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Remembering Tiananmen: How ‘China's IBM’ funded the movement and paid for it

A company once known as “China’s IBM” was the primary corporate backer of the student-led protests that swept China in 1989.

world Updated: Jun 03, 2017 21:23 IST
Sutirtho Patranobis
Cyclists ride past Tiananmen Gate on June 3, 2017, the eve of the 28th anniversary of the June 4, 1989 crackdown on pro-democracy protests in Beijing. The Tiananmen pro-democracy movement ended in bloodshed when tanks crushed the demonstrations, killing hundreds of protesters.
Cyclists ride past Tiananmen Gate on June 3, 2017, the eve of the 28th anniversary of the June 4, 1989 crackdown on pro-democracy protests in Beijing. The Tiananmen pro-democracy movement ended in bloodshed when tanks crushed the demonstrations, killing hundreds of protesters. (AFP)

It may be hard to believe now but an electronics company, once predicted to become “China’s IBM”, was the primary corporate backer of the student-led unrest that swept China in 1989 only to be crushed by the military by June 4 of that year.

After the Tiananmen Square protests were quelled, the Stone Group Corporation - considered China’s top electronics company at the time - was accused by authorities of funnelling huge sums of money into the movement and providing logistical support.

Till then, the company had all the makings of a classic tech success story and was considered a model among privately initiated enterprises in a command economy.

Wan Runnan founded the company in 1984 and, a year later, moved to an office at Zhongguancun Street in Beijing – aptly called the start-up street or silicon street since then.

The group, in collaboration with Japanese company Mitsui, soon began to make, market and sell word processors.

“By 1988, Stone had captured 80% of the domestic word processor market, a share it would maintain until the mid-1990s. By 1988, Stone had finished its second year as China’s largest high-tech firm having generated over RMB 830 million in total sales,” China scholar Scott Kennedy wrote for the China Quarterly Journal of the School of Oriental and African Studies.

“In just a few years, it had grown from an idea in the mind of a few people to an internationally recognised company with roots in the most of China’s major cities and provinces,” he added.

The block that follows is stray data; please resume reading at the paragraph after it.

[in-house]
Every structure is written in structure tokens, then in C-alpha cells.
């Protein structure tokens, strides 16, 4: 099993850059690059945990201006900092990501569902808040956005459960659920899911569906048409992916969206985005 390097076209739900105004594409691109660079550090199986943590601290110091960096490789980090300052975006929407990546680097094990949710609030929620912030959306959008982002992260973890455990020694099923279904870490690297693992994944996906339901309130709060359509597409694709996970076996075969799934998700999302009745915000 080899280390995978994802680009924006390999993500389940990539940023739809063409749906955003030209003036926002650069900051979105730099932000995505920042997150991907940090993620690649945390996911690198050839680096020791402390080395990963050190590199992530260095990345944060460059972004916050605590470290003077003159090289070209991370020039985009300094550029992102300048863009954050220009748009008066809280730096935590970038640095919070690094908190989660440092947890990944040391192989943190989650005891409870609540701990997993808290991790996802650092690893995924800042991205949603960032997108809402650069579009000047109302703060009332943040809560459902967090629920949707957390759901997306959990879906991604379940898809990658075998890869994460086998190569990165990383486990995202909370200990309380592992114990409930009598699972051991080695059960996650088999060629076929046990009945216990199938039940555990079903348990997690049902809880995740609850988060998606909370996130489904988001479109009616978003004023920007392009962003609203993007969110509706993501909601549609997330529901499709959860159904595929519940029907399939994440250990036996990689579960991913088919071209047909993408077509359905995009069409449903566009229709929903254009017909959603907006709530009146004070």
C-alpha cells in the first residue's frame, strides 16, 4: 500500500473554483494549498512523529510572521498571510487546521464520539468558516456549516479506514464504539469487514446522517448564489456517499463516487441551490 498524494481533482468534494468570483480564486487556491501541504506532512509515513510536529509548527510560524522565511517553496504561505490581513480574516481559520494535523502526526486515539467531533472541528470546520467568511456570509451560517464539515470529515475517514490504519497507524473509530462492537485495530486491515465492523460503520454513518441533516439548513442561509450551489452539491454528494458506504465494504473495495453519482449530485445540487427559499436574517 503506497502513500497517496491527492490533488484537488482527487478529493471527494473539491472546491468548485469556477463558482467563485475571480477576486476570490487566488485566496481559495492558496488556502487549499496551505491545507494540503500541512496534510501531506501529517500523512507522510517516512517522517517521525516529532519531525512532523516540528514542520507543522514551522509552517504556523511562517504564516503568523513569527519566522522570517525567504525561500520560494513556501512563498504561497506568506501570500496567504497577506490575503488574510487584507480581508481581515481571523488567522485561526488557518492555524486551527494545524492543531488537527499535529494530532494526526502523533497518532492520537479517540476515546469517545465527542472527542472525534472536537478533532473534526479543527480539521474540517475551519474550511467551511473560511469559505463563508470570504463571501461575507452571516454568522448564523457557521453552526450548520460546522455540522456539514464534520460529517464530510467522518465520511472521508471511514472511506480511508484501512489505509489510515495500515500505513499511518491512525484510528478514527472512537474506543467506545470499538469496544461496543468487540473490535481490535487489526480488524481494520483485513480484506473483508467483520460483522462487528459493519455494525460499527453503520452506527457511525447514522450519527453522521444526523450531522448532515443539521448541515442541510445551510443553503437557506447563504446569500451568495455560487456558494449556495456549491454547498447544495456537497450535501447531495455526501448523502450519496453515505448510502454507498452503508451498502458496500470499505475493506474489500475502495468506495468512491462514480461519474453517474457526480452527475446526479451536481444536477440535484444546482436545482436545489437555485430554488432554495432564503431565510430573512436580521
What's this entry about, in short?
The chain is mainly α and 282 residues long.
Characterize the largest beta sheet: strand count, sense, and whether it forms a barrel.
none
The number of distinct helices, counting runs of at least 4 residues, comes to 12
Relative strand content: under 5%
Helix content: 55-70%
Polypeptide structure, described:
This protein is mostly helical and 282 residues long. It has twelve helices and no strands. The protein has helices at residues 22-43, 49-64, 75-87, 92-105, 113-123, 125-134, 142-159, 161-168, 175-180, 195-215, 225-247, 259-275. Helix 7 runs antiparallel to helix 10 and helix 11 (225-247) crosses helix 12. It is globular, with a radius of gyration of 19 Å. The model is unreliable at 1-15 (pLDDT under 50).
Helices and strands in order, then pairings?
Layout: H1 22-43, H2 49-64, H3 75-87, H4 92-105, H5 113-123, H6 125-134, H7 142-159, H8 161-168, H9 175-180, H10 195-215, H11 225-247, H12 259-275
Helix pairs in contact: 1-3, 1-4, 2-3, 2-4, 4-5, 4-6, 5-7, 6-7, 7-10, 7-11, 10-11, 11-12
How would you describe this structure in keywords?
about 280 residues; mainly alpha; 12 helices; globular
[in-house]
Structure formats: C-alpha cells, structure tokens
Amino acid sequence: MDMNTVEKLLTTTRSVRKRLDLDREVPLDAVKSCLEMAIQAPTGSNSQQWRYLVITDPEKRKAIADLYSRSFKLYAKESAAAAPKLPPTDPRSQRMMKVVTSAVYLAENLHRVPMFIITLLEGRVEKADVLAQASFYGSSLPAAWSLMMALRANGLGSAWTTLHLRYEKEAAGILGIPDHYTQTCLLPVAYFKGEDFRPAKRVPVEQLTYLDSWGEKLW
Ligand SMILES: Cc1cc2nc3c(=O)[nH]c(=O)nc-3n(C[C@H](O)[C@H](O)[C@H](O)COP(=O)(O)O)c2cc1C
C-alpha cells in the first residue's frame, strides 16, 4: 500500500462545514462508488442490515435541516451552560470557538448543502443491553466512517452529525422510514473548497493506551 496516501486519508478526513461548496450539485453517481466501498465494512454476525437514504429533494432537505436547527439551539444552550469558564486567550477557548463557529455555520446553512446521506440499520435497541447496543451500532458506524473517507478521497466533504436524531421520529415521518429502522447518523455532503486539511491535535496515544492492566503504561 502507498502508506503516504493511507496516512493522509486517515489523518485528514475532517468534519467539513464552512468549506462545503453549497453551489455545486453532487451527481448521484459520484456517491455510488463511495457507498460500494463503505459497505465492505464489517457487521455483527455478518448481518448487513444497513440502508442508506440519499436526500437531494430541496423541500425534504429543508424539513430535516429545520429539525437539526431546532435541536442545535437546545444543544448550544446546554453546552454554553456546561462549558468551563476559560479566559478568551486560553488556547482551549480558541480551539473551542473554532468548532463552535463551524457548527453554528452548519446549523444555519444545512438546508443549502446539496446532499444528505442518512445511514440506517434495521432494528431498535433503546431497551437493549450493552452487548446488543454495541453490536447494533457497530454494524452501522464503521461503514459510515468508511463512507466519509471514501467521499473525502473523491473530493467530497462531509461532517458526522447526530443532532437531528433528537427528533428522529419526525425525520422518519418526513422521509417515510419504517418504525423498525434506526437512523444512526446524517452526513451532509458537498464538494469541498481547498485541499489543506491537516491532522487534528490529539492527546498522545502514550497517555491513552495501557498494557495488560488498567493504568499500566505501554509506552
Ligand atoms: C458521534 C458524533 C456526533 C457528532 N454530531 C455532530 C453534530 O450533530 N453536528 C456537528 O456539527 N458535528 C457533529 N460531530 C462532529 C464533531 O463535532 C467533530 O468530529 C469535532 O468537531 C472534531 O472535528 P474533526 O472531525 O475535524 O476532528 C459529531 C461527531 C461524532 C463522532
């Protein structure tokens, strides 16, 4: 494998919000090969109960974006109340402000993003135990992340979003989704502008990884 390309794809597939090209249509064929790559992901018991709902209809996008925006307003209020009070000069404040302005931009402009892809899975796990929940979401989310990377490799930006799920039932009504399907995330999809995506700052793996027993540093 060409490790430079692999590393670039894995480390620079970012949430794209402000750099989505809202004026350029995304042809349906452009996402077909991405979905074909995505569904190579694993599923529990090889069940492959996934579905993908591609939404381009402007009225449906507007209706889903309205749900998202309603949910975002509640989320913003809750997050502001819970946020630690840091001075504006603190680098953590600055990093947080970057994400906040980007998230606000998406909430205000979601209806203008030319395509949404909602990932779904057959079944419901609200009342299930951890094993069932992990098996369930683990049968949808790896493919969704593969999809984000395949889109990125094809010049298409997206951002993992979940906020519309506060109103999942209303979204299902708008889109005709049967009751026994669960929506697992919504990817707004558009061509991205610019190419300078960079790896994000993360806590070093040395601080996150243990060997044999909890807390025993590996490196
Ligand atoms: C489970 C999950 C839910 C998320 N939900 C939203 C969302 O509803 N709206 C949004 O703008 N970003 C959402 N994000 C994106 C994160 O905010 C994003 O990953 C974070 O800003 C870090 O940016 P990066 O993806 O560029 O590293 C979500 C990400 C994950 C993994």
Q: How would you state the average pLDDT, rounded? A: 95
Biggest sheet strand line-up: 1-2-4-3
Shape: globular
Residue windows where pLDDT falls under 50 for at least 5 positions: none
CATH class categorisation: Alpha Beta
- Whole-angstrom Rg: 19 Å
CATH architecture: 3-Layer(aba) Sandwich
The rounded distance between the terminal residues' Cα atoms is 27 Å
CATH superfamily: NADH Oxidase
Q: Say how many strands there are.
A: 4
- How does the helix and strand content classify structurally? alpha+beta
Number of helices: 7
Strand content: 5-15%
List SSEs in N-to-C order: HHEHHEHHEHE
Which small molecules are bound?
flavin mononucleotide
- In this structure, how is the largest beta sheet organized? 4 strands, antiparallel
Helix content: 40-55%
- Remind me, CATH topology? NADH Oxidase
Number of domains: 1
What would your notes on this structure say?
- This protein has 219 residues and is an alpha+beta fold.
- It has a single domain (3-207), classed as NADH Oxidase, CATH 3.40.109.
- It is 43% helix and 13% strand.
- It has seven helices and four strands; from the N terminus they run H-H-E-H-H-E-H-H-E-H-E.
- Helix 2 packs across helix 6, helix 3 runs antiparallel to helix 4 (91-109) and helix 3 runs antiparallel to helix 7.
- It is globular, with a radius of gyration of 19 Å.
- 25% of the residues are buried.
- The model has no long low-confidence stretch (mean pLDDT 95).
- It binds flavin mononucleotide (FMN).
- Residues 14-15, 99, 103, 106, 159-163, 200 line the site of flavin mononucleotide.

But then came the turbulence of 1989 and Wan and his company got swept into it, demanding political reform and a free economy.

“Beijing calls Stone a ‘fighting fortress’ for liberal dissent, condemning it for providing student leaders last spring with tactical advice, money from abroad, and equipment ranging from portable telephones to trucks,” said a Christian Science Monitor report from that year.

Kennedy detailed the help: The company donated money, equipment such as loudspeakers and printers, mobile phones worth some 200,000 RMB, and allowed students to use its offices to contact overseas activists.

Wan - among the top accused - “jumped to the front stage, bare-chested, with a ‘Stone' in his hand and fought desperately against party leadership”, Communist Party newspaper People's Daily wrote.

“Wan Runnan, general manager of the Stone Company, listed the following six conditions for retreating (of students) from the Tiananmen Square when he called together some leaders of the Autonomous Students Union of Beijing Universities: To withdraw the troops, cancel martial law, remove (premier) Li Peng, ask Deng Xiaoping and Yang Shangkun to retire and let Zhao Ziyang resume his post. During the meeting, they also planned to organise a grand march to claim victory,” Chen Xitong, state councillor and mayor of Beijing at the time, wrote in a scathing report on the protests titled “Report on Putting Down Anti-Government Riot”.

Expectedly, the Stone Group fell on hard times soon after, with the army raiding its offices and arresting employees.

Wan’s flight abroad helped to soften the blows, and the company was not shut down because it had become an example of innovation in China. But survival came at a cost and it probably could never live up to its promise.